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Mixie & The Halfbreeds – Theatre Review

Mixie & The Halfbreeds – Theatre Review

A woman stands centre stage, wearing a gaudy circus ringmaster’s jacket and a giant banana on her head. Her gaze is direct and frank, even confrontational, as she asks us - a slightly nervous audience packed into a garage-like black box of a theatre - just how offensive we find her costume. It’s a banana, you see. Yellow on the outside, white on the inside. The audience squirms a little but is silent. We’re good audience members. We know not to disturb the performers. But the woman in the ringmaster’s jacket doesn’t let up. “So you’re okay with banana? What about halfie? Hapu? Halfbreed?” Cautious hands start to go up and then go right back down again, held tight in laps. The woman with the banana on her head turns to her companion, a woman wearing a similar jacket and a headdress shaped like a fried egg and says, “Really tolerant audience tonight, isn’t it?”

Just like that, the tension breaks, and everyone laughs. Mixie and the Halfbreeds is a play that builds around doubling, contrasts, and opposites - tension and release, realism and symbolism, white and Other. For all that the confrontation I’ve described seems loaded, Mixie is actually a charming, playful, delightfully weird show about the experience of being mixed race. Written, directed by, and starring mixed-race women, the show was originally staged in 2009 and has been updated to be more reflective of the 2018 experience of being both white and Asian. Although the mixed experience clearly isn’t exclusive to that combination, the fu-GEN Theatre Company brings Asian-Canadian voices to the forefront as part of its mandate.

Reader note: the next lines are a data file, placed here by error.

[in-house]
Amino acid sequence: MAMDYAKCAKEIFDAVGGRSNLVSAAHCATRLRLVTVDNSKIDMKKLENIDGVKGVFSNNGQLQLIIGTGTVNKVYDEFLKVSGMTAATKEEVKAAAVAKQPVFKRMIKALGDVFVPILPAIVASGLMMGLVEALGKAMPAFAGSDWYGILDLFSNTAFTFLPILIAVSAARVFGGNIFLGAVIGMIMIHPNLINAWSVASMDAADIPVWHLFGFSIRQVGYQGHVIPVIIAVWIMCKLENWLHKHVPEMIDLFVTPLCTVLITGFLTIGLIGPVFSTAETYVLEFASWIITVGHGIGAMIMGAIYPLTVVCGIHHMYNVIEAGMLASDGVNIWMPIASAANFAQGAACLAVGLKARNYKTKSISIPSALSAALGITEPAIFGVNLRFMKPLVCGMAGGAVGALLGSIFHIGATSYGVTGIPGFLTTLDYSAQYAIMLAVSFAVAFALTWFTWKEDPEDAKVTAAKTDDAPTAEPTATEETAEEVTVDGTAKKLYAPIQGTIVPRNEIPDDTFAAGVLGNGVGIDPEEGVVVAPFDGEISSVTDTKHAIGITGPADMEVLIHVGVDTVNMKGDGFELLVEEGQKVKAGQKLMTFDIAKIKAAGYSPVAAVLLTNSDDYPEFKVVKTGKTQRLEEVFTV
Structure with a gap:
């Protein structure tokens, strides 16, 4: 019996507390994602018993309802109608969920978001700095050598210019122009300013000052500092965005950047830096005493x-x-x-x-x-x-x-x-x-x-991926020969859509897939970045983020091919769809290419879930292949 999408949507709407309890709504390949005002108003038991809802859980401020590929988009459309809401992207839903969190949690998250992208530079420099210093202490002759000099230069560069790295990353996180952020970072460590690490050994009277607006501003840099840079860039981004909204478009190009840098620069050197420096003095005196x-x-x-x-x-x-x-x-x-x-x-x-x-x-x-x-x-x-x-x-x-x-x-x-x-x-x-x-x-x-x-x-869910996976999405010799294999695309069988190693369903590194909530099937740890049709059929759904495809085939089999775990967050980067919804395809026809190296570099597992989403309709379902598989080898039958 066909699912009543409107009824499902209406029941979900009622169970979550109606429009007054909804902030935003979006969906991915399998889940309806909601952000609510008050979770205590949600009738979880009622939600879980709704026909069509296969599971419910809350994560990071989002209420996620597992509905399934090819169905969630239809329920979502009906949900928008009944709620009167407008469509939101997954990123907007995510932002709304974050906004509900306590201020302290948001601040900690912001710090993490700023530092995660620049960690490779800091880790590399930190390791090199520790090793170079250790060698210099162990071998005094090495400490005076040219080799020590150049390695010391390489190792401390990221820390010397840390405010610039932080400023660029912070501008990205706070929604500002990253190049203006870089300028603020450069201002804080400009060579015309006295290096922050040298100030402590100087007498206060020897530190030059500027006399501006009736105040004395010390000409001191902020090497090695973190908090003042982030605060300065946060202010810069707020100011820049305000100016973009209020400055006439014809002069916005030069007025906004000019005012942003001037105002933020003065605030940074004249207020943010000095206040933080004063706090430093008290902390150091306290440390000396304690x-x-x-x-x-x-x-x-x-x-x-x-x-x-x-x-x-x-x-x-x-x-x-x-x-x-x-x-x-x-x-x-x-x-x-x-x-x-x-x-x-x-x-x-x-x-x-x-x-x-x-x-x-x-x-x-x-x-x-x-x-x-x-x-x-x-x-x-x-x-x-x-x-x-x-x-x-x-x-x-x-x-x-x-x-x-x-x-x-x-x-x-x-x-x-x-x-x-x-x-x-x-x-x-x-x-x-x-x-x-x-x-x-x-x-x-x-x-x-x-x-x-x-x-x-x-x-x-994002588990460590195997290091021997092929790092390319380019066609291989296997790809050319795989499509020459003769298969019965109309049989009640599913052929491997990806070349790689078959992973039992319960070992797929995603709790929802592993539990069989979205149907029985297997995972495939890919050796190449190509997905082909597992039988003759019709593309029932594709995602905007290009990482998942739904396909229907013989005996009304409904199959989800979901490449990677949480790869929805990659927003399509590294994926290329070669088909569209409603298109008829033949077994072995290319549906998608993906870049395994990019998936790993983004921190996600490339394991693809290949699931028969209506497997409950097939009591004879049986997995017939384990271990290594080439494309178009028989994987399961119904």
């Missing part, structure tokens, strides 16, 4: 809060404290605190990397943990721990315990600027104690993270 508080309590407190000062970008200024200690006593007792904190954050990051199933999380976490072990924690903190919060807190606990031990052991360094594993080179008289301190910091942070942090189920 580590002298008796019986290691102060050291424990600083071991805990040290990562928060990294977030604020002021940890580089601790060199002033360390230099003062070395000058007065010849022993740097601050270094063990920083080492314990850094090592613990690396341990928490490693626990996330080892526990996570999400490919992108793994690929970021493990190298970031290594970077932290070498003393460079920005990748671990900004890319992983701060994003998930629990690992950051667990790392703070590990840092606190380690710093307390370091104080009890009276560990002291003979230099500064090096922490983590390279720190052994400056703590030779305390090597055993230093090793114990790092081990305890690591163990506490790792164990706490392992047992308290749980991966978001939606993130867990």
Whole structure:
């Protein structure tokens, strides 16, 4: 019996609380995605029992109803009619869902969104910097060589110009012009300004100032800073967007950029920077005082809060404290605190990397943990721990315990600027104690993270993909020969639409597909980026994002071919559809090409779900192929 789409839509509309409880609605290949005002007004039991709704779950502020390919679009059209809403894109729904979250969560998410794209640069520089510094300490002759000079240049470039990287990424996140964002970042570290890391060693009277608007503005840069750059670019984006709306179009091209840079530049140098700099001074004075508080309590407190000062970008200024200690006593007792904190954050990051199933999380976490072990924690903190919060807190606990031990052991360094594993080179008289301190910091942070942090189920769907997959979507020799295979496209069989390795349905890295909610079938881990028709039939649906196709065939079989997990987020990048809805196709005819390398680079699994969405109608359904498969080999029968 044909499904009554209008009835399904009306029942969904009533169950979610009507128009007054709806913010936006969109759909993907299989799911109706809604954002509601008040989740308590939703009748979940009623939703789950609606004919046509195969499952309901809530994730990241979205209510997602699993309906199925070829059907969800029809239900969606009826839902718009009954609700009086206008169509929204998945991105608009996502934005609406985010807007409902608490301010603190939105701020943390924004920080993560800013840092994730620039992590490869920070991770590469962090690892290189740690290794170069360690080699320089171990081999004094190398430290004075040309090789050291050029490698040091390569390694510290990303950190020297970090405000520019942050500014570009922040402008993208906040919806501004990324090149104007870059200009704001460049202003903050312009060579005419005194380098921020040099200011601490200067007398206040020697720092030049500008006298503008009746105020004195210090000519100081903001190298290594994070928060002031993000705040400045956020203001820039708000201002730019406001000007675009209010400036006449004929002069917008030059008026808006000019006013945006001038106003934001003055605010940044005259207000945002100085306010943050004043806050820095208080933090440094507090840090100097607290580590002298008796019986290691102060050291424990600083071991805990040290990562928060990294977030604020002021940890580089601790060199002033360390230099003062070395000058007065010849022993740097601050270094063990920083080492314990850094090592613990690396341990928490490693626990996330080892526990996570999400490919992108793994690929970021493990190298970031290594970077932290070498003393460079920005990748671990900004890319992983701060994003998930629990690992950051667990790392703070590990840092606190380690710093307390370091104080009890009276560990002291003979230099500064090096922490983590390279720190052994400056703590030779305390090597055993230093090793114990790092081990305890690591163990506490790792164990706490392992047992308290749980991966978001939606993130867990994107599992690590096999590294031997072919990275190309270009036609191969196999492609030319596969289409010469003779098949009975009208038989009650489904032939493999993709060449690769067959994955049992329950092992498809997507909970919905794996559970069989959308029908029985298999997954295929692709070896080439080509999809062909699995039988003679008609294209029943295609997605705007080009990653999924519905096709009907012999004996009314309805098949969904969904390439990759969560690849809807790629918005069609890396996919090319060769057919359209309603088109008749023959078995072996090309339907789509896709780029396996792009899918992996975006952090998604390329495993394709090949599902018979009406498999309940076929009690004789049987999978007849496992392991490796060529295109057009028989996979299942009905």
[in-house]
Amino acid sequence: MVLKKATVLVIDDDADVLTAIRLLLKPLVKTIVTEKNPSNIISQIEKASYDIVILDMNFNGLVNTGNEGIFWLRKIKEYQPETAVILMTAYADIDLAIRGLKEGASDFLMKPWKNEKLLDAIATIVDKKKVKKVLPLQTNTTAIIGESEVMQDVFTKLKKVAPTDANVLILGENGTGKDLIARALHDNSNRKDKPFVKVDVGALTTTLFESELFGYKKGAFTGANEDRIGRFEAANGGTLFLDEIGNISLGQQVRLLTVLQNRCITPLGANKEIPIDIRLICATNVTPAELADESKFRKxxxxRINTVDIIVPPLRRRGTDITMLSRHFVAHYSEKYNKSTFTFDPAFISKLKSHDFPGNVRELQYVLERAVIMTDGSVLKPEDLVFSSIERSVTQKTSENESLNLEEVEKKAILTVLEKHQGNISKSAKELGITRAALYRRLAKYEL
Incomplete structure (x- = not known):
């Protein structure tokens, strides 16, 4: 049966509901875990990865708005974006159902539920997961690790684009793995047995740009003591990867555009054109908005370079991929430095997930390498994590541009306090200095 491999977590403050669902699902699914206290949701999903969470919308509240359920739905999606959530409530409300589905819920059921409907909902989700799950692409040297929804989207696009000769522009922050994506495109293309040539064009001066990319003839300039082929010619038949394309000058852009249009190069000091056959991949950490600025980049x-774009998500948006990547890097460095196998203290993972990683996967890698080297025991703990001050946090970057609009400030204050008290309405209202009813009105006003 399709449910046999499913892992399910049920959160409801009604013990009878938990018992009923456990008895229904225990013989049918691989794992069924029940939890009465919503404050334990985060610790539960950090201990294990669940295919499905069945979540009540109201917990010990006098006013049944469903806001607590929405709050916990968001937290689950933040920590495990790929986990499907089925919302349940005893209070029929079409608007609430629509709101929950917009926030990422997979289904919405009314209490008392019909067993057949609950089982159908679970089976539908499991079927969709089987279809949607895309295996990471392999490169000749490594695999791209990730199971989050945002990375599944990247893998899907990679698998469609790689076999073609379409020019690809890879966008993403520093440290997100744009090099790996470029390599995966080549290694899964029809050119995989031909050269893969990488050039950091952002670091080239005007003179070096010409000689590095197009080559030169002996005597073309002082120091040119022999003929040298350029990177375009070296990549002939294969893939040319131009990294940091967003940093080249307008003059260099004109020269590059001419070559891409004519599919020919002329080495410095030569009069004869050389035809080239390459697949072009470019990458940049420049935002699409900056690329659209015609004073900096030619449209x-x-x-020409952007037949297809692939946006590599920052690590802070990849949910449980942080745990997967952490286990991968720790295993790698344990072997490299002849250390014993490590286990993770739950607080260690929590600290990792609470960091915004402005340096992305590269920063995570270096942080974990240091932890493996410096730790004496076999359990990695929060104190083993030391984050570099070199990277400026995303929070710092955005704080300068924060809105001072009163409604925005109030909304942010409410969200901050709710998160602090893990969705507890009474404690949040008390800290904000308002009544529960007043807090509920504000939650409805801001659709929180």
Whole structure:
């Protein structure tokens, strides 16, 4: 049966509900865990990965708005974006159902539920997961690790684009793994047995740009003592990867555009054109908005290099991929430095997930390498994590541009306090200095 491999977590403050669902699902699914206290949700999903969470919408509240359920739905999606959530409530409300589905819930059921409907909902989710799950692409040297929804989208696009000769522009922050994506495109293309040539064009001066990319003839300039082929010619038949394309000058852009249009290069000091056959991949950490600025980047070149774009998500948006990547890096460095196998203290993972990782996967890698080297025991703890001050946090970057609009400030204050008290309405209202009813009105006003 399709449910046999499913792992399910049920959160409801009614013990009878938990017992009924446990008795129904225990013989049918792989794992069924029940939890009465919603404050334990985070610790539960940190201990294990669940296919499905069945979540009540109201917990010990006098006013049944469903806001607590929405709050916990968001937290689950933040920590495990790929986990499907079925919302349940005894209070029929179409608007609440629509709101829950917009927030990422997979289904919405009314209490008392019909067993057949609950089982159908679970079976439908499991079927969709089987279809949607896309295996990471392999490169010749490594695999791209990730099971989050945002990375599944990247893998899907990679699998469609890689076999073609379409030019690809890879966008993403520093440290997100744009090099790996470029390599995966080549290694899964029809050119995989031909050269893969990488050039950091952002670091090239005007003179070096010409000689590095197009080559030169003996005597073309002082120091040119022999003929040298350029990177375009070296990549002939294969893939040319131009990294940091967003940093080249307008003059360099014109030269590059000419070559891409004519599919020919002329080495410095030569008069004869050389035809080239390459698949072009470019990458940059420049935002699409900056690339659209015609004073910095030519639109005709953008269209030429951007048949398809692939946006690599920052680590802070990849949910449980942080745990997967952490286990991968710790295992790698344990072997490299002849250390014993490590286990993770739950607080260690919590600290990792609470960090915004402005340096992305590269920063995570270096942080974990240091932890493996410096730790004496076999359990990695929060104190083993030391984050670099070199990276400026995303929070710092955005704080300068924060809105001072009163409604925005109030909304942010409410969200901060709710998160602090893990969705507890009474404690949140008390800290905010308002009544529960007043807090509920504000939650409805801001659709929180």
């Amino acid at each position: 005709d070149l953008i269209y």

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GOBSMACKED! - Theatre Review

GOBSMACKED! - Theatre Review

Let me get something important out of the way first; yes, GOBSMACKED! is a little like Glee. But not that much. The beatboxing/a cappella show on for a very limited run at the CAA Theatre lacks the melodrama and twisted storylines of the TV series and it has a decidedly British slant - Britpop is well represented by songs from Ed Sheeran, the Beatles(twice!), the Stones, David Bowie, Adele, Amy Winehouse, Duffy, and Queen. It’s not perfect - there are a few numbers that come off as a little flat or overly produced - but for the most part, it’s a lively, exhilarating show with some genuinely jaw-dropping moments featuring the beauty and power of the human voice.

GOBSMACKED! is a team of six vocalists - a bass and two tenors, two mezzos and a soprano -
and one beatboxers (more on him later). Most of the singers are Brits, and the two mezzos have
that bluesy, soulful style I associate with Joss Stone and UK soul - a powerful voice that can be
deeply husky, as in Joanne Evans’ take on “It’s a Man’s World.” It takes some serious moxie to take on a James Brown number and Evans kills it.